Lake Erie is the foundation of health, economic vitality, and recreation for millions of Ohioans. Lake Erie is the shallowest, warmest, and most biologically productive of all the Great Lakes.
Ohio's Great Lake supports one of the largest freshwater commercial fisheries in the world and the largest sport fishery in the Great Lakes, producing more fish for human consumption than the other four Great Lakes combined.
Lake Erie Basin
The Lake Erie basin - all lands that drain to the Lake - is nearly 11,700 square miles and sustains more than 1,500 species of plants and animals. The land includes:
- beech-maple, oak, hemlock, and hardwood forests
- button bush swamps
- glacial kettle lakes
- wet woods and prairies, small ponds and marshes, fens, vernal pools, and bogs
- rare oak savannas
- lakeshore grasslands
- sand dunes
Threatened, endangered and rare species located within these extraordinary and unparalleled ecosystems include:
- Kirtland’s warbler
- bald eagle
- lark sparrow
- four-toed salamander
- Lake Erie water snake
- the Karner blue butterfly
- Skinner’s foxglove
- beach pea
- sea rocket
- purple sand grass
- wild lupine
- Showy Lady’s Slipper orchid
Lake Erie, along with the many tributaries that feed into it, supplies drinking water to 13 million people in the greater region and roughly three million Ohioans. Each year more than seven million people flock to Ohio’s portion of the Lake Erie basin, including Kelleys, South Bass (better known as Put-in-Bay) and Middle Bass Islands, to recreate and reconnect with nature and family.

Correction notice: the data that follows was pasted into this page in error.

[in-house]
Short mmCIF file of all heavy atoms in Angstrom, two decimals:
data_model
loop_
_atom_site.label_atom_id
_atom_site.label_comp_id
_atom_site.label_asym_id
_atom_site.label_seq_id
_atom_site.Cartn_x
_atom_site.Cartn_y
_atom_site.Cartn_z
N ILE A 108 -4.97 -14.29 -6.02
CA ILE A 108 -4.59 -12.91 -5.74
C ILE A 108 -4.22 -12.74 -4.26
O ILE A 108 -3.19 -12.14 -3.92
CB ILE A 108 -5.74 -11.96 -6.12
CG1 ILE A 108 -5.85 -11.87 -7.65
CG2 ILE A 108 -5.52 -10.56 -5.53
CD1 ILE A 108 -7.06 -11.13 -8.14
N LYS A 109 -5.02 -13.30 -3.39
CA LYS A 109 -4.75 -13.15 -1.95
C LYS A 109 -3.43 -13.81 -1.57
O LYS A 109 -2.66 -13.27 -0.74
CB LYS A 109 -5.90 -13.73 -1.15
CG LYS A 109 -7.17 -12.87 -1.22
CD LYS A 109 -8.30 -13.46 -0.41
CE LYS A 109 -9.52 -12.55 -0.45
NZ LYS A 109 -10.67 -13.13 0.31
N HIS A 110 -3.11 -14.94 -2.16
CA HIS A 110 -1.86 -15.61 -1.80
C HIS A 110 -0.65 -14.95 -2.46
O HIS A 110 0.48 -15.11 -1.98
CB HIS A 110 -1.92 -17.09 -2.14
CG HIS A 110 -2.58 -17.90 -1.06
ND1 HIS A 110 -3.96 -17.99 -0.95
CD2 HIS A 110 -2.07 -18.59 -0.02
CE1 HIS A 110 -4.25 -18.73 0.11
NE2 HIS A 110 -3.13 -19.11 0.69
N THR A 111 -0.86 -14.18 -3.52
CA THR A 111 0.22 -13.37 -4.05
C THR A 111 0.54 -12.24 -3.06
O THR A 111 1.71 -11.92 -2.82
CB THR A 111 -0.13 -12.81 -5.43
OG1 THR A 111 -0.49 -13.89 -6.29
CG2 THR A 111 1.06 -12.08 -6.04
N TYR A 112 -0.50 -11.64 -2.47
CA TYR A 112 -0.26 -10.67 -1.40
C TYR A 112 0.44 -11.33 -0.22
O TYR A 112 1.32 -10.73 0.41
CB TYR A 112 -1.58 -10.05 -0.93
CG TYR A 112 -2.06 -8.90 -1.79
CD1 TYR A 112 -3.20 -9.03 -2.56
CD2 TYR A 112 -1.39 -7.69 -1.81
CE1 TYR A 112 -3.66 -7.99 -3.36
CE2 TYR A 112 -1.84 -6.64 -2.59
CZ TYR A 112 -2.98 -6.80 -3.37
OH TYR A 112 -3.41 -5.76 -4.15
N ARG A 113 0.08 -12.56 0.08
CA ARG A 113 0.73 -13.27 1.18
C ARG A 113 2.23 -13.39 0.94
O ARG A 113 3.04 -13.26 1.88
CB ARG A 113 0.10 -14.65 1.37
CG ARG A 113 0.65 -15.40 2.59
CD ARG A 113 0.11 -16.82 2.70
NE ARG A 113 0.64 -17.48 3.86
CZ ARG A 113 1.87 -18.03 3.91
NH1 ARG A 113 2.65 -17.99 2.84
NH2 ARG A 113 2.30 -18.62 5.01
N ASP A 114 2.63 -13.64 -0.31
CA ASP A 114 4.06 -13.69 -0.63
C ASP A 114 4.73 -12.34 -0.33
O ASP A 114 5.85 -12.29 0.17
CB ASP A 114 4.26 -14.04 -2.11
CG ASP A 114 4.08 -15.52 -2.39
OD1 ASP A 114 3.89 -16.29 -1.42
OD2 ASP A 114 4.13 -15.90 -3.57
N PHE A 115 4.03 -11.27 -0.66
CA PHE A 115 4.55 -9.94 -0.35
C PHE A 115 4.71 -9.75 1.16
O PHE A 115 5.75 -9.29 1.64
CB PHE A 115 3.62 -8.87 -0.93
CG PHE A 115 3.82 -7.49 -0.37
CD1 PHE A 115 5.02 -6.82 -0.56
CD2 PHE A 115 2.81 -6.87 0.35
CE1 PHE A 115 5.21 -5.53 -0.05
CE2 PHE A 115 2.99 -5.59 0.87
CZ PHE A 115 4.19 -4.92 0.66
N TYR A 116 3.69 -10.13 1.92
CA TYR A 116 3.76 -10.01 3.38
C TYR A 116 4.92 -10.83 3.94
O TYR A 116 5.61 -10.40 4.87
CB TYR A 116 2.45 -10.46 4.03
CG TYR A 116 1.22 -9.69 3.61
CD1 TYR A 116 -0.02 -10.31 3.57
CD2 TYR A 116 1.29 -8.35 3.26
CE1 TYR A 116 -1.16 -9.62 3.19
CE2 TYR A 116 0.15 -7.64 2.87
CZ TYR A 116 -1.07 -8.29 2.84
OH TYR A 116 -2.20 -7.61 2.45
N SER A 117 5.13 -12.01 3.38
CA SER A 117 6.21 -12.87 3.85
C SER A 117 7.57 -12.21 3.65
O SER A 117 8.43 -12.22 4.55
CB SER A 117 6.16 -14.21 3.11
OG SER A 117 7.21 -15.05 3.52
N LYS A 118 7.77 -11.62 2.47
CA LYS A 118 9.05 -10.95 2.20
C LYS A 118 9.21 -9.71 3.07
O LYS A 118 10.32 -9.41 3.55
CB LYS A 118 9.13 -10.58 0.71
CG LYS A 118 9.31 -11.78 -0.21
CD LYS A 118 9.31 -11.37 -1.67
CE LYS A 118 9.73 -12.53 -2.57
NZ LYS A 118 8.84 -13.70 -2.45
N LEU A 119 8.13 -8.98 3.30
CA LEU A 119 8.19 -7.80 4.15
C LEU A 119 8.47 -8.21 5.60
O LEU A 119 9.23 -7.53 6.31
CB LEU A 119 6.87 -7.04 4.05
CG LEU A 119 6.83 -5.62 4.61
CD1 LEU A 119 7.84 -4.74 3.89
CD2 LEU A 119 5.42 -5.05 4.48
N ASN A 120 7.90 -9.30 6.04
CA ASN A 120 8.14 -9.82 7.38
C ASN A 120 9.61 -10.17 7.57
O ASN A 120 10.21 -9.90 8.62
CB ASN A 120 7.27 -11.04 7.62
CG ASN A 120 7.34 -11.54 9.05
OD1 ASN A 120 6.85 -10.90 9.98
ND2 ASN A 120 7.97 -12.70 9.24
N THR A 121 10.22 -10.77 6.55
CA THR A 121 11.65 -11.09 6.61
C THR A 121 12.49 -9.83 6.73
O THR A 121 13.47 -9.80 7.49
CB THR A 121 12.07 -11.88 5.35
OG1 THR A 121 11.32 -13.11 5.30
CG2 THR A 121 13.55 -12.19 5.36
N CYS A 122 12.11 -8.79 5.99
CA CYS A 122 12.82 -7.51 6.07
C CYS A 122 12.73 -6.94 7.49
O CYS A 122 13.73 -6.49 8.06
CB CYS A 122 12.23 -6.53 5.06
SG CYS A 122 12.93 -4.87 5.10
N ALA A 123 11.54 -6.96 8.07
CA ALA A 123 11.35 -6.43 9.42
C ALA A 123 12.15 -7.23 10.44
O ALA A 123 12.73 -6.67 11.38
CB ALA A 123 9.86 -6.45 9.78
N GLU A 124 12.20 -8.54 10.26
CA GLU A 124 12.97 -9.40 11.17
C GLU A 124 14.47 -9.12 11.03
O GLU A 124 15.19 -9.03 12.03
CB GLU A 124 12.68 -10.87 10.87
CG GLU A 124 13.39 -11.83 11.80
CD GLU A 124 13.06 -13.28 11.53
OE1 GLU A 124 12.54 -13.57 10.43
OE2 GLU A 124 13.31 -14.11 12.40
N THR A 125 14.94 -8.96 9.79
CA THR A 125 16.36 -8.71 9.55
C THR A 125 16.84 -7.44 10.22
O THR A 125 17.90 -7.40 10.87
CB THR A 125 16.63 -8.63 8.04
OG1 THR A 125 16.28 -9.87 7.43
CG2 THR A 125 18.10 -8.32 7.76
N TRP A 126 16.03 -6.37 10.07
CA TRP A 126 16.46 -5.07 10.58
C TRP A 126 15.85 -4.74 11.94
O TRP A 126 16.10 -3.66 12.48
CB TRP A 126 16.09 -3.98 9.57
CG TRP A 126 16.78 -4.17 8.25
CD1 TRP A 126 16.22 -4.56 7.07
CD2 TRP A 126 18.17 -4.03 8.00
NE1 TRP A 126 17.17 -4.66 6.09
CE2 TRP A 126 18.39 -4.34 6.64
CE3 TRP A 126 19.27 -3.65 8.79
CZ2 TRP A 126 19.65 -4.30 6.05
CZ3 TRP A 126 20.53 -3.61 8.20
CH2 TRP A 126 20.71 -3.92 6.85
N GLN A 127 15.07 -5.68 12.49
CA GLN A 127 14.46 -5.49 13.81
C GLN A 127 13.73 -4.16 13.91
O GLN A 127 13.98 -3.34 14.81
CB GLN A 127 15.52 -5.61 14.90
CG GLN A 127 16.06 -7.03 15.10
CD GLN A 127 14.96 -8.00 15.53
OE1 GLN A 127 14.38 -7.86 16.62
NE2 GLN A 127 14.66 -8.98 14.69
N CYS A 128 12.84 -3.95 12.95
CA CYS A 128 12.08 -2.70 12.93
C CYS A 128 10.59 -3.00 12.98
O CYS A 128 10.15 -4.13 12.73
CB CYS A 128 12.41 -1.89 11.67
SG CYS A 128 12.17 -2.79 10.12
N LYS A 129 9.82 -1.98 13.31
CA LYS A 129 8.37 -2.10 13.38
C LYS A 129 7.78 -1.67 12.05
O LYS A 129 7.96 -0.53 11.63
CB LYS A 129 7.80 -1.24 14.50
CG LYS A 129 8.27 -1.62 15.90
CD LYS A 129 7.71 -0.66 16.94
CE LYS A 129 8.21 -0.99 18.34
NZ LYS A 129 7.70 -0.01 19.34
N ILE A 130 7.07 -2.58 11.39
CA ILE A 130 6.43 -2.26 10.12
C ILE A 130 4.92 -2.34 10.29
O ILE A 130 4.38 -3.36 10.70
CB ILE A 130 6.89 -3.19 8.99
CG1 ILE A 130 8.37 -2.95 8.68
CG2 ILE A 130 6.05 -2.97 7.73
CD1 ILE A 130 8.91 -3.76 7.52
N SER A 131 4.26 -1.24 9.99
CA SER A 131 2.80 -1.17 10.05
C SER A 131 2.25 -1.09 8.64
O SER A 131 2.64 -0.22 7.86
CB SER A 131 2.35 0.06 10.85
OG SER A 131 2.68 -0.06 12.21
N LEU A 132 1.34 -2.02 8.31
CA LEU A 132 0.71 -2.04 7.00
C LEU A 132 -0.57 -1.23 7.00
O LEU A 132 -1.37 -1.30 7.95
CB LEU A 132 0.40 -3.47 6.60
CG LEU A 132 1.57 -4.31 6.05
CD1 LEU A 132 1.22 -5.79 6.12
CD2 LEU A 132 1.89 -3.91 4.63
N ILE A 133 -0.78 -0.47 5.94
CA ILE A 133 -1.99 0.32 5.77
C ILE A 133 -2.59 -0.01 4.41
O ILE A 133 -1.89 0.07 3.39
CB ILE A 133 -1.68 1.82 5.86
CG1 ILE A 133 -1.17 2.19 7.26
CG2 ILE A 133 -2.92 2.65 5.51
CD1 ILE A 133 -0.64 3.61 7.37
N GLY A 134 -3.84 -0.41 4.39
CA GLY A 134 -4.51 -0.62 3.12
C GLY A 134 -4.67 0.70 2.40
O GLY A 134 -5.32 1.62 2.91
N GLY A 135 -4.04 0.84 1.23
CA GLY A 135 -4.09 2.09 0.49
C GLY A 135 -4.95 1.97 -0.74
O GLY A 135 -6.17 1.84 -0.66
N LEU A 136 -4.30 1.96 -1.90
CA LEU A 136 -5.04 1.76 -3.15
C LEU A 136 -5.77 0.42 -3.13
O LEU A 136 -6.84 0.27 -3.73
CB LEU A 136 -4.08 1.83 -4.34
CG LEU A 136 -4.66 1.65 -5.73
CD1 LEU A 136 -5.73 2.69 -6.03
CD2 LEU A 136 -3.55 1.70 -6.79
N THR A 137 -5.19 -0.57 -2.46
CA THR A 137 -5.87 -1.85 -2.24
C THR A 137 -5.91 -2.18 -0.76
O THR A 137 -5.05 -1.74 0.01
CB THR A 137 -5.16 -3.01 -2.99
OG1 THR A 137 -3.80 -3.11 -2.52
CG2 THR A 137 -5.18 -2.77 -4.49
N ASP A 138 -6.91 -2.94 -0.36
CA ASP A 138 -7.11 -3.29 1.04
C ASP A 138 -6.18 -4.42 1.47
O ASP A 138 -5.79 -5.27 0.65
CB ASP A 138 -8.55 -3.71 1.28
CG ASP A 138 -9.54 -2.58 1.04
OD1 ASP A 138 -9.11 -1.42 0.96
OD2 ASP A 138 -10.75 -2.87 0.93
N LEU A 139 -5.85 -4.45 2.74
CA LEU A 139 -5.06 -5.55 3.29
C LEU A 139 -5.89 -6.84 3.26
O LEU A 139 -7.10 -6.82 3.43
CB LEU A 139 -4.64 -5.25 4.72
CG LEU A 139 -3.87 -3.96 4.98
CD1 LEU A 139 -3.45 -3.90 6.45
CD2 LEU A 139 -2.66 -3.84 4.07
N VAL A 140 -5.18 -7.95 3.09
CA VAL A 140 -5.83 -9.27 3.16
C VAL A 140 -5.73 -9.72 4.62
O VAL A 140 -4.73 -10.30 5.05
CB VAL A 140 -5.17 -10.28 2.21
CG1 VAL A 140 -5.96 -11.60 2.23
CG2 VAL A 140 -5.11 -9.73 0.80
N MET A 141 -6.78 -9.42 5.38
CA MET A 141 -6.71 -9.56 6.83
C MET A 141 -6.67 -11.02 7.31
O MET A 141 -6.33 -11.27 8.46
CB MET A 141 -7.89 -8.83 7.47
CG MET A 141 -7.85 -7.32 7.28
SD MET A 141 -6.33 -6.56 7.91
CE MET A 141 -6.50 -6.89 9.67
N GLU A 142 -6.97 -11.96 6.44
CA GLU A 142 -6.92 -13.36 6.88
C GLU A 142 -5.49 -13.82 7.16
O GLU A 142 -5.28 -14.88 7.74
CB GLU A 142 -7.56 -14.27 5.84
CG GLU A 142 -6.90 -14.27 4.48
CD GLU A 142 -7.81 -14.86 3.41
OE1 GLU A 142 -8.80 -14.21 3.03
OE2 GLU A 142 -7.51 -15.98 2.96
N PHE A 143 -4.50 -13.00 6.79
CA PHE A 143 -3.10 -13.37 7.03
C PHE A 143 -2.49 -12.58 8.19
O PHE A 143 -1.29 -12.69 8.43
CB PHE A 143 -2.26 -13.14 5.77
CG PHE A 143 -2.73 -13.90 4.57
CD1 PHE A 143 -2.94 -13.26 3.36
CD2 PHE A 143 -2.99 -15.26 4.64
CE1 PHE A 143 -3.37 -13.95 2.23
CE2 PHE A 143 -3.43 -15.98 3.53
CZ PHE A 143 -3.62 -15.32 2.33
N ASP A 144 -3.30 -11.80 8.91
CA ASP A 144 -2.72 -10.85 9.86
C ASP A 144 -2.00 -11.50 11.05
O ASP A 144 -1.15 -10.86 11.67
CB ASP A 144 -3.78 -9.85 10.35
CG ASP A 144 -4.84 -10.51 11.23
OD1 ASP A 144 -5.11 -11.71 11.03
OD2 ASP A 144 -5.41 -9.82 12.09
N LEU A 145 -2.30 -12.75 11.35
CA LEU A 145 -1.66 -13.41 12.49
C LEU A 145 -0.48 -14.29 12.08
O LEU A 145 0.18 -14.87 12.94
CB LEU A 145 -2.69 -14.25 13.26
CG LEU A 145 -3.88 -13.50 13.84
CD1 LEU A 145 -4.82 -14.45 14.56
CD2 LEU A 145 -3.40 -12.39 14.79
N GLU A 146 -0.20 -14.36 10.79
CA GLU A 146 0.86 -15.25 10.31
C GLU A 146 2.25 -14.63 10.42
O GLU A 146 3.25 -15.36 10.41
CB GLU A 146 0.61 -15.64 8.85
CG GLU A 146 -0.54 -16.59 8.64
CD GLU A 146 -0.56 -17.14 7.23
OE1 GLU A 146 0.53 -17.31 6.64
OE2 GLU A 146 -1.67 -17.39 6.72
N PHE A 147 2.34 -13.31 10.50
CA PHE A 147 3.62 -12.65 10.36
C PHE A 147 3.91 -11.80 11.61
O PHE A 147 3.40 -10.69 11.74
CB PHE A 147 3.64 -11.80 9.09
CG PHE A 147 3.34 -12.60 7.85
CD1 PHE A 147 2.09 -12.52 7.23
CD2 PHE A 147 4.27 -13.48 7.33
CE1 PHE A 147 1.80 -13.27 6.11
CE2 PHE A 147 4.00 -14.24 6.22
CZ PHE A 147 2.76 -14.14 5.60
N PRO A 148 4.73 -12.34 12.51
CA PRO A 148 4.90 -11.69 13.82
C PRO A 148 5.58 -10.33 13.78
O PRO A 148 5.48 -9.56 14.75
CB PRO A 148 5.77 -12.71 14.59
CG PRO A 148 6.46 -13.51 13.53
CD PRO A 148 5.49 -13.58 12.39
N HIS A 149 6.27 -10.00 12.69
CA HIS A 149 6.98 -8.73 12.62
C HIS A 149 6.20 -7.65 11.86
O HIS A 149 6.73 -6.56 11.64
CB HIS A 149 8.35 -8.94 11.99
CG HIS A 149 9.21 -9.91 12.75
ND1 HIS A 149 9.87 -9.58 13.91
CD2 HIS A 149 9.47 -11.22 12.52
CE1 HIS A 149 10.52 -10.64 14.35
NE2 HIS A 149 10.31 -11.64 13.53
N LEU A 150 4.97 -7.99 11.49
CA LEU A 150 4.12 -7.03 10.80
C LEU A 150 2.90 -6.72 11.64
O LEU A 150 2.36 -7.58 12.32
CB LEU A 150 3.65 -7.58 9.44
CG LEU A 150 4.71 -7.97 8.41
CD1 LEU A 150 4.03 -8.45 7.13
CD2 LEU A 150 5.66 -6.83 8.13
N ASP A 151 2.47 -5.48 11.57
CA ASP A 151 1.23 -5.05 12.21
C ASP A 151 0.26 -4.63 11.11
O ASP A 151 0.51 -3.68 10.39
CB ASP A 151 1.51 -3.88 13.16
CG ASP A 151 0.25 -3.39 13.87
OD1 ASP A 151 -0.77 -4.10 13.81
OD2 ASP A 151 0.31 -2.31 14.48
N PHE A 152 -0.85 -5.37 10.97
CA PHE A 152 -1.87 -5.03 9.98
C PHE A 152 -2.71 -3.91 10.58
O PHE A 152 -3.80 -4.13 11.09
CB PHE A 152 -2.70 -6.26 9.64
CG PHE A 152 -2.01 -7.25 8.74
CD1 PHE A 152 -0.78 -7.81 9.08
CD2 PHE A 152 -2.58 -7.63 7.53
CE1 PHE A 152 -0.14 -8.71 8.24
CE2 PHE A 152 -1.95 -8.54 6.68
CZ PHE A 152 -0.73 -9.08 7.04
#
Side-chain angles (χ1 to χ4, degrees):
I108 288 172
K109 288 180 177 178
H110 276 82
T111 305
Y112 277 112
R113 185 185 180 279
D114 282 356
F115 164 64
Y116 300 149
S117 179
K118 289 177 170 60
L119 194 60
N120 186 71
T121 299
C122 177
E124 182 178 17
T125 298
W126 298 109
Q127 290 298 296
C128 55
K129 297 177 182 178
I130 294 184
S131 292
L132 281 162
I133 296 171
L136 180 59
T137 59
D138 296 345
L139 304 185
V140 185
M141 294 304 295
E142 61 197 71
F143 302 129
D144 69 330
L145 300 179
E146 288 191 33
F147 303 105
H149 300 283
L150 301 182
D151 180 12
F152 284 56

As a result, more than 117,000 jobs are sustained, netting $3.1 billion in wages annually. Tourism, travel, and sport fishing contribute more than $11.5 billion a year in revenue to Ohio’s economy and $1.5 billion in federal, state, and local taxes.
It is clear that Lake Erie’s natural wonders are essential to humans and wildlife alike; providing homes, food, drinking water, recreation and economic stability.
While it does so much for us, it needs our help.
Threats to Our Great Lake
Invasive species like the zebra mussel are crowding out fish and wildlife. Antiquated sewer systems and failing septic tanks dump raw, untreated sewage that can make the waters of our beaches unsafe to swim.
Agricultural runoff is a key culprit in fueling harmful algal blooms and the development and expansion of Lake Erie dead zones (areas of depleted oxygen that prevent fish from thriving there).
Years of industrial pollution have lead to fish consumption advisories and toxic hotspots. Sprawling development has degraded water quality and wildlife habitat in streams and on the lakeshore. Unfettered water use can shrink critical wildlife habitat and concentrate pollutants.
These problems are manageable and effective solutions exist. It is time to use them. Every day we wait the problems grow worse and the solutions more costly.